If you have read enough portfolio publications and books, you may have came across this term called “tactical asset allocation”. According to Investopedia, tactical asset allocation is “an active management portfolio strategy that shifts the percentage of assets held in various categories to take advantage of market pricing anomalies or strong market sectors”.1 In other words, your portfolio’s asset class allocation will change according to the prevailing environmental factors and economic conditions.

Taking the balanced Bedokian Portfolio for example (35% equities, 35% REITs, 20% bonds, 5% commodities and 5% cash), if the market is pointing to a boom period where equities and REITs are likely to gain, and in order to capture their rise, you would adjust your portfolio to 40% equities and 40% REITs, while reducing the bond component from 20% to 10%. Then with recession looming, you would increase your bond holdings to 30%, and reduce equities and REITs to 30% each, since bonds perform better in such times.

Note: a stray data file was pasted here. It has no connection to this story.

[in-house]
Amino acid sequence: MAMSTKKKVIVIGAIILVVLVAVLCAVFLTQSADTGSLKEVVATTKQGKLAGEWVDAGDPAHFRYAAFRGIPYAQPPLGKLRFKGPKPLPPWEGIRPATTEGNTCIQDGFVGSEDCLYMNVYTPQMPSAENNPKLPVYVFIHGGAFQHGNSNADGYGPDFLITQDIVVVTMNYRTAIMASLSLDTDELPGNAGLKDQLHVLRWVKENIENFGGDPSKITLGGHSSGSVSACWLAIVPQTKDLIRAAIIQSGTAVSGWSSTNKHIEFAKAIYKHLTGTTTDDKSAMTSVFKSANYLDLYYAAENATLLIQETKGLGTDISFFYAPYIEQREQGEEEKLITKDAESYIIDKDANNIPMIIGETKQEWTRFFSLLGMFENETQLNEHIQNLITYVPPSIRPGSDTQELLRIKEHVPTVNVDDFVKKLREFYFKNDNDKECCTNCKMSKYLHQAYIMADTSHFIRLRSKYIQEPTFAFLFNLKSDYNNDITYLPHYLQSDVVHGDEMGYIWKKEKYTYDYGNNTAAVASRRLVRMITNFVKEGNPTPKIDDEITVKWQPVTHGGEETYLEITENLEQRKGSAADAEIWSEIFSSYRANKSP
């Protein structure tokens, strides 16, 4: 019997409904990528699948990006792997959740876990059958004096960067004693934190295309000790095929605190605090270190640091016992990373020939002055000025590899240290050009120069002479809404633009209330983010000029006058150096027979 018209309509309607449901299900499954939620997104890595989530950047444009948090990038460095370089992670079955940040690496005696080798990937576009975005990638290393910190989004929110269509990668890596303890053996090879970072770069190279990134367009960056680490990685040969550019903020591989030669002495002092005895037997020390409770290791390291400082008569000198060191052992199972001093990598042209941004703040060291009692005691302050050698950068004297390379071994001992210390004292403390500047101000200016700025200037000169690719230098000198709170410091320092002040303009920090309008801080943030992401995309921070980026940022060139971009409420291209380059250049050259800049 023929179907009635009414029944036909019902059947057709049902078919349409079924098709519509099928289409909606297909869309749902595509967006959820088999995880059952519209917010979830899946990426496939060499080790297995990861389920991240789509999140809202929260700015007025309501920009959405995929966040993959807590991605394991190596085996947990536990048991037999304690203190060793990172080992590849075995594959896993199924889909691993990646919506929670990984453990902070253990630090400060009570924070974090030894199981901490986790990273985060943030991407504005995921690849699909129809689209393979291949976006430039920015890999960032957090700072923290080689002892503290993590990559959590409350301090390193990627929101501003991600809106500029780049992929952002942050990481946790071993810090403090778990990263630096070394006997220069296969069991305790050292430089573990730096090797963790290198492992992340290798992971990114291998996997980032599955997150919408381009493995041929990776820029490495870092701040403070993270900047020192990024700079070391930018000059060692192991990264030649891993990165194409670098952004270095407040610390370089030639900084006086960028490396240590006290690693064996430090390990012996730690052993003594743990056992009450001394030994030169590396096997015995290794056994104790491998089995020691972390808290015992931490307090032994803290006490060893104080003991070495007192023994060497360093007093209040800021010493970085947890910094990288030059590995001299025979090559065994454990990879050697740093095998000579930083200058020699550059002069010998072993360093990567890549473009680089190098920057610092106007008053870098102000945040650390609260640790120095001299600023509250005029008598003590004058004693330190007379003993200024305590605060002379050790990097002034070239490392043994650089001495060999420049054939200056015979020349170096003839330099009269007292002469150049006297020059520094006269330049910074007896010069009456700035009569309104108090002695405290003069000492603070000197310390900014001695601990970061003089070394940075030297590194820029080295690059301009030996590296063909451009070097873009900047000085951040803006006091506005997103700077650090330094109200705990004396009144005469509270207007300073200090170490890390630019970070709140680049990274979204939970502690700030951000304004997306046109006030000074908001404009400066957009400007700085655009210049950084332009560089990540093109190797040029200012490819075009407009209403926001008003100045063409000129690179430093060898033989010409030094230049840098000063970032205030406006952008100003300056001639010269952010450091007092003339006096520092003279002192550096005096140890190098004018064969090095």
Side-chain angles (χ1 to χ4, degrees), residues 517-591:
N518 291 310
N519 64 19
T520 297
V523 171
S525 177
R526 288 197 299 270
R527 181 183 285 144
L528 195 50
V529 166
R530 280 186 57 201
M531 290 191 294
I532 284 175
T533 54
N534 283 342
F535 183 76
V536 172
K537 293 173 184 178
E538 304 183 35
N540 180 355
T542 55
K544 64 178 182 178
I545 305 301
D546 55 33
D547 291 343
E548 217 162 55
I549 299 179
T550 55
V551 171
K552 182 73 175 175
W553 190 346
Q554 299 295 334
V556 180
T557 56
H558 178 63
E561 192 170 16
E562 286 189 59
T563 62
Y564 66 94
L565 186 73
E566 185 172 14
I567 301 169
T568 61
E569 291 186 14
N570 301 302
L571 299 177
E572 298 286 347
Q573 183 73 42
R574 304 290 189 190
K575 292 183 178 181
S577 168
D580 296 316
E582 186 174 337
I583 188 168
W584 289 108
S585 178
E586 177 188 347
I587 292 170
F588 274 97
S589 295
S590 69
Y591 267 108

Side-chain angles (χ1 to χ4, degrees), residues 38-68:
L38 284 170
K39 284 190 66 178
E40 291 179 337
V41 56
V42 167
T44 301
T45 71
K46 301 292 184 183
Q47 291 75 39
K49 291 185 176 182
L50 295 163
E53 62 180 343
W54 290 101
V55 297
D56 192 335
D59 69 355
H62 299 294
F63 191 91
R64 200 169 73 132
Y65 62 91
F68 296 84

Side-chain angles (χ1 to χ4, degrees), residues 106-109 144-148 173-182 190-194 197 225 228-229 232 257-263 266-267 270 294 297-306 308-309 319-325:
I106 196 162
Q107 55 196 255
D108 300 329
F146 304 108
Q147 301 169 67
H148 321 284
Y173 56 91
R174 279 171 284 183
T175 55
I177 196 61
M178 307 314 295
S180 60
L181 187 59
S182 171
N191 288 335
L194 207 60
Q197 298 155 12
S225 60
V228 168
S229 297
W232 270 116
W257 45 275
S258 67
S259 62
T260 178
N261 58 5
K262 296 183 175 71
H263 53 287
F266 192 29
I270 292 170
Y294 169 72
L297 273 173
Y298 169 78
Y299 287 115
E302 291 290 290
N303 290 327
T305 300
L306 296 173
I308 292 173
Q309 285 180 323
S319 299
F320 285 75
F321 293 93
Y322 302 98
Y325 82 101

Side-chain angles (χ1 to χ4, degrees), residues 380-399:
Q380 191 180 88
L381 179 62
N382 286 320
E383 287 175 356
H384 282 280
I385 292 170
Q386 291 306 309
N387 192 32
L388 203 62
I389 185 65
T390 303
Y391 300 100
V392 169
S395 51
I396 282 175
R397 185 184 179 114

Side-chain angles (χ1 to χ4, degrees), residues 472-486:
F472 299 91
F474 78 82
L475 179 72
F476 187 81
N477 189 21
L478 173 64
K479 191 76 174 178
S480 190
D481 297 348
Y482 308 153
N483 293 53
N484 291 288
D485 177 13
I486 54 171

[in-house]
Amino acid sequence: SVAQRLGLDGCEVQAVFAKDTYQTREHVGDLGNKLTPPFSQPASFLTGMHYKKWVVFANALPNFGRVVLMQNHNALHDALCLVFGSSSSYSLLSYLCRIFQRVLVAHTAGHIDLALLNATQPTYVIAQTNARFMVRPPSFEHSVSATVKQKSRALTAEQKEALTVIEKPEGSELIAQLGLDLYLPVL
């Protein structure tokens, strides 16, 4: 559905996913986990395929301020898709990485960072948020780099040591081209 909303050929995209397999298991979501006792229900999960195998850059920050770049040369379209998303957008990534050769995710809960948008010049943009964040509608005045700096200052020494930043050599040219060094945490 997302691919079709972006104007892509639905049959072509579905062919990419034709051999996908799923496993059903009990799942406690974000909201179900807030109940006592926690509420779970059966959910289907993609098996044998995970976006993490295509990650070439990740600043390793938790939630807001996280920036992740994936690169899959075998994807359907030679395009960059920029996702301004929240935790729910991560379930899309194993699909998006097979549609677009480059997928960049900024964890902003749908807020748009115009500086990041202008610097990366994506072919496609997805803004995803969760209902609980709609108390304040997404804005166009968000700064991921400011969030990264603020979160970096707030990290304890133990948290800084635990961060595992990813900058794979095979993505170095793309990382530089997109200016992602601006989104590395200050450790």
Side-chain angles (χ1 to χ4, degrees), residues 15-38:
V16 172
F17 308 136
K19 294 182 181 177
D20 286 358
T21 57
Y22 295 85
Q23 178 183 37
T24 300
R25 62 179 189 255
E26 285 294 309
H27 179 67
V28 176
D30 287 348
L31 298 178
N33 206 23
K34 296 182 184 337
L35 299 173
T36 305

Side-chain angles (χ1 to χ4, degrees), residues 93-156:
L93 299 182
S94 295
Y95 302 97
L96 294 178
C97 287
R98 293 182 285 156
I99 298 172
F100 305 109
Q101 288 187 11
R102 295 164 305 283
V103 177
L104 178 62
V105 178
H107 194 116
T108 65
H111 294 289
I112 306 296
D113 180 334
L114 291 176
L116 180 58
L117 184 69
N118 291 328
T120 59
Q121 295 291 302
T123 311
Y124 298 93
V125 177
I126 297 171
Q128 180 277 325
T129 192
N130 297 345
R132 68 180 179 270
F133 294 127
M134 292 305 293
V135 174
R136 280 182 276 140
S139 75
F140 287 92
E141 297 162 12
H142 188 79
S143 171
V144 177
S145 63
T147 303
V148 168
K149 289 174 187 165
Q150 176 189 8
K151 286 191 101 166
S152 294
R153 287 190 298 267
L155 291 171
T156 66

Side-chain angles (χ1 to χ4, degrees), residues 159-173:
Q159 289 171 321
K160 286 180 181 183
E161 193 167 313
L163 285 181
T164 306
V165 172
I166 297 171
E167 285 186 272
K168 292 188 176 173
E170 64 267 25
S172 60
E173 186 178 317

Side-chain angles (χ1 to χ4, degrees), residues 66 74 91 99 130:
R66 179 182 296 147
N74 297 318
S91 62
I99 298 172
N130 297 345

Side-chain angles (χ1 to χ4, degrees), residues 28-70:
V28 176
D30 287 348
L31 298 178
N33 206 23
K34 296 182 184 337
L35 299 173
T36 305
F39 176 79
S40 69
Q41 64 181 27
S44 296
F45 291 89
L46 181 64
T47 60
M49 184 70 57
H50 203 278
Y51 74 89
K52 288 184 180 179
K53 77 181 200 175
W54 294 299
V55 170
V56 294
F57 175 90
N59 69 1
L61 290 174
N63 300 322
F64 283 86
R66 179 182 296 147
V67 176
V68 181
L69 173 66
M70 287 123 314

Besides asset classes, tactical asset allocation can also be done on a sector/industry level. During recession times, defensive sectors/industries such as utilities and consumer staples fare better than others, so more allocation is given to them. Sometimes asset class and sector/industry tactical asset allocation can be done together. All these are done in an attempt to maximize returns given the situation. Since the tactical asset allocation is done based on the economic cycle, this investment style is also known as economic cycle investing.

The Economic Cycle

The economic cycle, or sometimes referred to as the business cycle, is “the natural fluctuation of the economy between periods of expansion (growth) and contraction (recession)”.2 There are various sub-stages within this broad view of expansion and recession, and the typically accepted stages are expansion, peak, recession and trough (see Fig. 1).

Fig. 1 – The economic cycle